Hello and happy Sunday everyone!
Today is the start of the American Library Association’s Banned Books Week 2022, and as someone who is passionate about the topic of banned books, I’m going to be posting blogs every day this week about various banned books that I have read or picked up recently.
Also, as you may have heard, book banning is an even more pressing issue now than it has been in the past few years. I think it’s even more important now than ever to keep this discussion going and to highlight Banned Books Week, as more school teachers and librarians are facing the pressure of book challenges. According to the American Library Association (ALA),
“ALA’s Office for Intellectual Freedom tracked 729 challenges to library, school, and university materials and services in 2021, resulting in more than 1,597 individual book challenges or removals. Most targeted books were by or about Black or LGBTQIA+ persons.”American Library Association
Below are more stats on book banning, including where they most commonly occur and who typically initiates them:
Back in my spring semester of NYU, the club I was a part of, the Online Writing and Languages Society (OWLS), had an event with Renee Di Pilato, who is director of libraries for Sarasota County Government. She discussed the impact book banning, as well as ways to support your local libraries and schools during this rise in books banning. More information on the event, along with additional resources, are available in the event recap post I wrote following the Q&A.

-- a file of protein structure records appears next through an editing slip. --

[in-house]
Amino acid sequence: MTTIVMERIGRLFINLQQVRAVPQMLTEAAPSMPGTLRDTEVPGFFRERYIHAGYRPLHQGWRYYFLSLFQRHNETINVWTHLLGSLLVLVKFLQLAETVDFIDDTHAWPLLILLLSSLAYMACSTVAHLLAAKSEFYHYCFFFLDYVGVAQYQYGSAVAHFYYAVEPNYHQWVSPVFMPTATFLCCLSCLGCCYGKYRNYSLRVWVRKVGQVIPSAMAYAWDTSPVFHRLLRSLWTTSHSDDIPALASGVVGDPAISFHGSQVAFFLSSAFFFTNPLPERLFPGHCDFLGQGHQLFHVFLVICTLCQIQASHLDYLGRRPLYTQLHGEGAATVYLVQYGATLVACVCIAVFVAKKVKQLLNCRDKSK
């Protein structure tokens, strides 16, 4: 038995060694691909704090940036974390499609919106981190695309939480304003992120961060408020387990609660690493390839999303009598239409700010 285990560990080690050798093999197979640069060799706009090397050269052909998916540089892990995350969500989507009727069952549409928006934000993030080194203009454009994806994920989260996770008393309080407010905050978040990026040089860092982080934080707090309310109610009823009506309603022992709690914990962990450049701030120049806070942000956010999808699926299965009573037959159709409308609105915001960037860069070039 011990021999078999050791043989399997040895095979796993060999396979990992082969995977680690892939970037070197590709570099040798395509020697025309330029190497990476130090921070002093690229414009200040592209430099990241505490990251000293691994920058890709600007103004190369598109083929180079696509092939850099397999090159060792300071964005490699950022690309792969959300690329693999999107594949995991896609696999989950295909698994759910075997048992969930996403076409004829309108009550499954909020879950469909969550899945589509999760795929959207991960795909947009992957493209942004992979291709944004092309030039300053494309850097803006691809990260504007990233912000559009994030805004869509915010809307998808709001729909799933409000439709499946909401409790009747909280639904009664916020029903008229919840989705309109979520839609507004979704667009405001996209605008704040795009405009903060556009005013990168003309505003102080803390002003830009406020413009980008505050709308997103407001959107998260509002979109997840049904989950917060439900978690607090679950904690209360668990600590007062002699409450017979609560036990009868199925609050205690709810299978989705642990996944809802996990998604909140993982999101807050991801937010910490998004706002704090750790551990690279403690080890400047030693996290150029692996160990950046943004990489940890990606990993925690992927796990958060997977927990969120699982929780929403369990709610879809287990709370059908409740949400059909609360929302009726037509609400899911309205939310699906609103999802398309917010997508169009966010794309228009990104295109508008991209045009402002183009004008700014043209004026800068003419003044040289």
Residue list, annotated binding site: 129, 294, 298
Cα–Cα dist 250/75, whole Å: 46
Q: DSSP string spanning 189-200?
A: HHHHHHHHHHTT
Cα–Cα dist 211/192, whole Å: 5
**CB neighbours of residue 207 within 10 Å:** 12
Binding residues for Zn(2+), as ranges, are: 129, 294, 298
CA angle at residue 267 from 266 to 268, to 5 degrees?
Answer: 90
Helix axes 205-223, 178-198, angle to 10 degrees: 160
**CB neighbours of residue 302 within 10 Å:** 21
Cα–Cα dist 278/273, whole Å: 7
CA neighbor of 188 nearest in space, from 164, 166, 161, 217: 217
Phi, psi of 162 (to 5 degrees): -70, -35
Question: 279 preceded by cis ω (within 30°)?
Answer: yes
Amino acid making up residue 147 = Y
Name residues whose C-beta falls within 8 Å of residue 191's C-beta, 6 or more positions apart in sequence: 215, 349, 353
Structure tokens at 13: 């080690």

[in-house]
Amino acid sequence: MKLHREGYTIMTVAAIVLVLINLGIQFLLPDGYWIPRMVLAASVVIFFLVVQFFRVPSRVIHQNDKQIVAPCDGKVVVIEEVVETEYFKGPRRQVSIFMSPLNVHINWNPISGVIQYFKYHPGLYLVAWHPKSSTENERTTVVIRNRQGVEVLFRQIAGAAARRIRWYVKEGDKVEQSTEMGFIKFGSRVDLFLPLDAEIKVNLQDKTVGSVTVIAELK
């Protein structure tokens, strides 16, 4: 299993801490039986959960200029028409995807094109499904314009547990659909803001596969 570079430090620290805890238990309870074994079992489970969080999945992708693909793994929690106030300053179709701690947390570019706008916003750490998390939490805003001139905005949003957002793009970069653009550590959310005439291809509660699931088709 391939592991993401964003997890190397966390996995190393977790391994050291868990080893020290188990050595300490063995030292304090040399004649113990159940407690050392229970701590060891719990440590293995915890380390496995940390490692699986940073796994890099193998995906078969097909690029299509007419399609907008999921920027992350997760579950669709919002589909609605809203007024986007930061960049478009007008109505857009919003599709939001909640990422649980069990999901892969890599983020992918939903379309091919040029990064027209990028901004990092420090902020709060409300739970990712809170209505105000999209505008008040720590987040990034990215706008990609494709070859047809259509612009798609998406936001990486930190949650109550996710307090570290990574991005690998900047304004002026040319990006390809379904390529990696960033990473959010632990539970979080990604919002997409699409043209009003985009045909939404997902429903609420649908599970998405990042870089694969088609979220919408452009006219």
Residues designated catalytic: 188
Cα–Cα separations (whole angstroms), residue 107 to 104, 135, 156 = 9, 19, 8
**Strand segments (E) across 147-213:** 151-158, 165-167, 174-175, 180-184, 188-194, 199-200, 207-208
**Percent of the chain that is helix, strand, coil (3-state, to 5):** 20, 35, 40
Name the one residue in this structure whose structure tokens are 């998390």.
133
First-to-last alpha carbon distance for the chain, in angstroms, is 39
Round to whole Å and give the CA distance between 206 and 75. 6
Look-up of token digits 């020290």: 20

I found this interesting article from Publisher’s Weekly that discusses what various indie bookstores and organizations are doing for this year’s Banned Books Week
Here are additional resources from the ALA you can check out as well:
If you have any additional resources you would like to share about banned and challenged books, feel free to share them in the comments below!
On that note, I will see you tomorrow with a new post for Banned Books Week!